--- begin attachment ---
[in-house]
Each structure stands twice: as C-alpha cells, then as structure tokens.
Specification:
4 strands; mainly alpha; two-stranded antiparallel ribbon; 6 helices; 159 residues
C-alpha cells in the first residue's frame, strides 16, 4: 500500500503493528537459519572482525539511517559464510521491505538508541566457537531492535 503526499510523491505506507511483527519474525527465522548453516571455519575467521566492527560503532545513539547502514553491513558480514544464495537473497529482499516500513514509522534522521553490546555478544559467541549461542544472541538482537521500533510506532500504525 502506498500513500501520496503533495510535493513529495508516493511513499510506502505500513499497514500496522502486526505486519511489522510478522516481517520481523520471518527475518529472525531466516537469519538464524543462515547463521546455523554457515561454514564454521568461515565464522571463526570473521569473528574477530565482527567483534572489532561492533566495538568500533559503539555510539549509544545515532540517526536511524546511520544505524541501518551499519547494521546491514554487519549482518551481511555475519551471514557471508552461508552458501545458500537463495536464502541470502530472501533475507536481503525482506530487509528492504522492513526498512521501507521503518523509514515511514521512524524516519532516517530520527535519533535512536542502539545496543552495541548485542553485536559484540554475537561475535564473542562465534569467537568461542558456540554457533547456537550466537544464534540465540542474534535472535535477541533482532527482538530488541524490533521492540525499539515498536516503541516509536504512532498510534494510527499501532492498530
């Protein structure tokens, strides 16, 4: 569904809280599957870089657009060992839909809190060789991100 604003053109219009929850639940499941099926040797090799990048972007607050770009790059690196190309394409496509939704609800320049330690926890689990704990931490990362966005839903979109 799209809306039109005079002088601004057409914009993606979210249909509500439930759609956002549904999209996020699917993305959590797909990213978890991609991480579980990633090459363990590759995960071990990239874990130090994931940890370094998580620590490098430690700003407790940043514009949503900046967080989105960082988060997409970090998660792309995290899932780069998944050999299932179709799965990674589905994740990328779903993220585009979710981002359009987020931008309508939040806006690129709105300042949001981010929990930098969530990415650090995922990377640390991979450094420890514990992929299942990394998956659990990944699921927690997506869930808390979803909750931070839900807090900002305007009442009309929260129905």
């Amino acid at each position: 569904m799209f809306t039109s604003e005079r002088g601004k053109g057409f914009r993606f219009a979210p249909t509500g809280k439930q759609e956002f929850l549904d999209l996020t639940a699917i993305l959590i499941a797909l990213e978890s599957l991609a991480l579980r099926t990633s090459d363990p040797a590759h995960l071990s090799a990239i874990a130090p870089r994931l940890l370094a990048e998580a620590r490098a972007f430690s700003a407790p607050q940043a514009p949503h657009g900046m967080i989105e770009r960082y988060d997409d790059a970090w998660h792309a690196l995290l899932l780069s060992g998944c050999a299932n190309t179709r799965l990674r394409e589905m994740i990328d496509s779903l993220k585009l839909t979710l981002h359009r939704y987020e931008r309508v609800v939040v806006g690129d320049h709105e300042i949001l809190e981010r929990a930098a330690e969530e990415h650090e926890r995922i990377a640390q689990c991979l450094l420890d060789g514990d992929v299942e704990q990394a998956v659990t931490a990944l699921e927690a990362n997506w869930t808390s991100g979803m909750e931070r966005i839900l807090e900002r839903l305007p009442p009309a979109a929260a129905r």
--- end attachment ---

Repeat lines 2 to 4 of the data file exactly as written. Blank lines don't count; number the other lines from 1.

Each structure stands twice: as C-alpha cells, then as structure tokens.
Specification:
4 strands; mainly alpha; two-stranded antiparallel ribbon; 6 helices; 159 residues